Ian Carmichael (1920-2010) b. Hull, Yorkshire, England.
A light comedian from stage revue, Carmichael took the British cinema by storm in the 1950s, and established himself, albeit for a few short years, as a major star. Carmichael was born in Hull to an optician. He went to preparatory school at Scarborough and Bromsgrove School, Worcestershire. He always wanted to act, studied at RADA and was on stage at 19. He had already played his first revue before volunteering for army service in 1941 with the 30th Armoured Brigade. He returned to the theatre in 1947 and began getting some very small roles in films.
The Boulting Brothers spotted his potential straight away; they made him the guileless recruit Stanley Windrush in their Private’s Progress (1956), which was a funnier and more perceptive comedy about army life than the British cinema had previously seen. Its huge success prompted the producers to transfer practically half the cast to a legal comedy called Brothers in Law (1957), which was actually much funnier, and featured Carmichael as a barrister wet behind the ears and completely lacking in confidence. Carmichael, who looked years younger than his real age, skilfully displayed dithering determination and induced laughter and audience sympathy at the same time. His reward was Perhaps his best-remembered role: Kingsley Amis’s Lucky Jim (1957), a working-class university lecturer who gets up everybody’s nose, not least that of Terry-Thomas who, in almost all of Carmichael’s best films, plays the cheat and bounder who initially outwits him but is finally confounded.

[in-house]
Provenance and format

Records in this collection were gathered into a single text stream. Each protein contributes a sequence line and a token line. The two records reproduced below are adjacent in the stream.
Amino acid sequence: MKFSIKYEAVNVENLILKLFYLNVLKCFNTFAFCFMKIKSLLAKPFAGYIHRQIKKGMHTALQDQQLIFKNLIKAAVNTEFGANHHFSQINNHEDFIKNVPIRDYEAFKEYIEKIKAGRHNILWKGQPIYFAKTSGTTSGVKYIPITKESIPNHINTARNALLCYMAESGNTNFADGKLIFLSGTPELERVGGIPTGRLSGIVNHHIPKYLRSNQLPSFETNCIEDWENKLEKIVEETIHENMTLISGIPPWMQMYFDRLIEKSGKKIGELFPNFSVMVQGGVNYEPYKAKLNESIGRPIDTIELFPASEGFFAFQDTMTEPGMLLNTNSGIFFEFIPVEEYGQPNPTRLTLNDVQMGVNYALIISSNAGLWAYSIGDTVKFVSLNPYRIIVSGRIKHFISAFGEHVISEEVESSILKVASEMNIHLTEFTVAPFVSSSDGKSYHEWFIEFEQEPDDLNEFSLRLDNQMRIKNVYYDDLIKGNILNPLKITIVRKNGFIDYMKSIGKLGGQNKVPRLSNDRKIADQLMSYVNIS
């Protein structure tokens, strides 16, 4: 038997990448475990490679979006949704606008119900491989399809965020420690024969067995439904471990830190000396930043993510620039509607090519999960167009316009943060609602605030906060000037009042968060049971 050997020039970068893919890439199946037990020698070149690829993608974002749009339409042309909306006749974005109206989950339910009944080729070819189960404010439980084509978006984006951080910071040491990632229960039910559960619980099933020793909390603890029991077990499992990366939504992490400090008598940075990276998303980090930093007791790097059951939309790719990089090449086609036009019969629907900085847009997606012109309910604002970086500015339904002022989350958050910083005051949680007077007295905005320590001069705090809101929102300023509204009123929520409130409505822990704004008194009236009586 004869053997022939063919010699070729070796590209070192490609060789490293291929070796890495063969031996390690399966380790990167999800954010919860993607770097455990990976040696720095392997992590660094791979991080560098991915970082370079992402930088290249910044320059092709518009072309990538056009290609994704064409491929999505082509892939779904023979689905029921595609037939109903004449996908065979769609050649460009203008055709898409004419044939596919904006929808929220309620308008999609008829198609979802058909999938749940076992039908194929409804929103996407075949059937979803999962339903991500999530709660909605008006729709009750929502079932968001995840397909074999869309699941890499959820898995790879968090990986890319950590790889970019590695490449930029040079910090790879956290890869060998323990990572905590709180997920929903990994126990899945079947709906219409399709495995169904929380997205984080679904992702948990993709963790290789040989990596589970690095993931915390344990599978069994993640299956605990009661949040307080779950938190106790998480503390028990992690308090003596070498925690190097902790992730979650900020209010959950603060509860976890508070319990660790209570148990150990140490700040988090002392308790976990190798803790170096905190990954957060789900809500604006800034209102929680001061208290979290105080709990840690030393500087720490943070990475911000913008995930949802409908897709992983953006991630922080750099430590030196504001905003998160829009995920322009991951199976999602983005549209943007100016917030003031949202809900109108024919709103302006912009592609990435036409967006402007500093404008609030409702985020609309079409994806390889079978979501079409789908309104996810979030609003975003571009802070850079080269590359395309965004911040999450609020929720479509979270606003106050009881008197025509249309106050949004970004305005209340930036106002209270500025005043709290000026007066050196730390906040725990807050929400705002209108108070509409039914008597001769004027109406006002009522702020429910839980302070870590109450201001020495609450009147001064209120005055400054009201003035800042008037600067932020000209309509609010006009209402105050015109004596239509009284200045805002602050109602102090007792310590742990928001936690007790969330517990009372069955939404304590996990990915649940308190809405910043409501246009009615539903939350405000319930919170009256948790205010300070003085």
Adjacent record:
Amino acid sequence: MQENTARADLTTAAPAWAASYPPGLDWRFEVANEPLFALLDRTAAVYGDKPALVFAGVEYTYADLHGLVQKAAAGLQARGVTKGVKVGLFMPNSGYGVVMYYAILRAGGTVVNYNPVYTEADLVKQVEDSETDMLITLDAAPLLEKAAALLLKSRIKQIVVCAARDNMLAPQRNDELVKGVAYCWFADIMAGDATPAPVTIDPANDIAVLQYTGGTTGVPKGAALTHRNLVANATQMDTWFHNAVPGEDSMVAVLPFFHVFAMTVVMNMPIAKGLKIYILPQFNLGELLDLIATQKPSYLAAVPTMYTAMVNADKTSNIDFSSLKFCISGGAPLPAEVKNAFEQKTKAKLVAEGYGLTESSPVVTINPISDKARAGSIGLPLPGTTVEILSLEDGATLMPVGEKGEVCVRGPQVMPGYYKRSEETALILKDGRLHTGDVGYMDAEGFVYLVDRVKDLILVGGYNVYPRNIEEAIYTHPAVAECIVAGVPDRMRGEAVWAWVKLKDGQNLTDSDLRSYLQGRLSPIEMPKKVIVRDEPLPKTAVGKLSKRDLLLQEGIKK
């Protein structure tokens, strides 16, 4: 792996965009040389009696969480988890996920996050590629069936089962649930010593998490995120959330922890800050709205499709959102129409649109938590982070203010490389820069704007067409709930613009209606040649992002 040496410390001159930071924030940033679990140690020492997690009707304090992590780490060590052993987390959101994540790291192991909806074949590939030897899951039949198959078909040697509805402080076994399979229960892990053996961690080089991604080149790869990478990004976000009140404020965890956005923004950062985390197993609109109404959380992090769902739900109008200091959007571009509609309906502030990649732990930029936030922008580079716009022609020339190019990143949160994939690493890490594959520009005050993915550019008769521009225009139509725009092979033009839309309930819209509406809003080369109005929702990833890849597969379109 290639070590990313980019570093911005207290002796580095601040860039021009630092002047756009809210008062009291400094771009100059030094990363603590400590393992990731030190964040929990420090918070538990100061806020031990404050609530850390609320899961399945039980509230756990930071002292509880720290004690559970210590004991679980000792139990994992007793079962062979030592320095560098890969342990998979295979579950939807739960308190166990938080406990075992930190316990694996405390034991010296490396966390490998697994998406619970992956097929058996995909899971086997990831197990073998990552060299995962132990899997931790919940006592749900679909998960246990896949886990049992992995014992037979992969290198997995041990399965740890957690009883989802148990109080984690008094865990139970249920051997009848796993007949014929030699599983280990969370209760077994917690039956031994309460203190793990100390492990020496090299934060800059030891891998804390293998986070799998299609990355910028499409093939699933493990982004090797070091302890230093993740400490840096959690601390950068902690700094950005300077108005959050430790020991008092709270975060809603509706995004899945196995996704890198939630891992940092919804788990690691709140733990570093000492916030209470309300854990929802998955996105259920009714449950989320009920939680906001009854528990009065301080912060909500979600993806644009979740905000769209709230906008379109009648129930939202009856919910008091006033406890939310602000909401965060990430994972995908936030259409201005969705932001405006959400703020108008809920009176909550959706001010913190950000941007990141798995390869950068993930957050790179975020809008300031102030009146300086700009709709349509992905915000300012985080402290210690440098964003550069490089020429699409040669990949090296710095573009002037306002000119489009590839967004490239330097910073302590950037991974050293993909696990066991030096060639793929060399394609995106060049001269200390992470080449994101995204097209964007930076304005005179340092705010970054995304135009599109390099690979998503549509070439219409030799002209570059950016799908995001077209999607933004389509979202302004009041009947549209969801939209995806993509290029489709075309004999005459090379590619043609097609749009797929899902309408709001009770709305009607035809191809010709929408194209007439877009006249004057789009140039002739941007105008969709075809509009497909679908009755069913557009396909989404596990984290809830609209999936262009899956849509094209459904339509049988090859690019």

Carmichael and the Boultings had another hit with Happy is the Bride! (1957), a cameo-filled account of the disastrous run-up to a marriage, it was a remake of the 1940 success Quiet Wedding. At this point Rank, doubtless to Carmichael’s embarrassment, decided to resurrect The Big Money (1956), which cast him, in a red wig, as an inept thief in a family of successful ones. It did a little business on the strength of his name, and probably slightly damaged his career. For the moment, though, all was well. Launder and Gilliat, another solid British film team, took him on for a funny political satire, Left, Right and Centre (1959), and then he was back in the Stanley Windrush role in Iím All Right, Jack (1959), the Boulting Brothers cutting thrust at trade unions, which won a British Oscar for its screenplay. Terry-Thomas was with him again as the chief bounder at the School for Scoundrels (1960), in which Carmichael had everyone rooting for him as he delightfully turned the tables. At this point, Carmichael had taken over from Alec Guinness as Britain’s hottest comedy bet. But there were bad times just around the corner. With the Boultings losing their touch, Carmichael went to British Lion for his next four films, none of which did much. The Boultings called him back, but only for a cameo in their Heavens Above! (1963).
Films after that were few, but Carmichael was still well-liked and appeared in two television sagas, one playing P.G. Wodehouse’s Bertie Wooster, and as Lord Peter Wimsey in in several BBC adaptations of Dorothy L. Sayers’ mystery novels. He went into semi-retirement in the 1980s back to his native Yorkshire, and was honoured as an OBE in the 2003.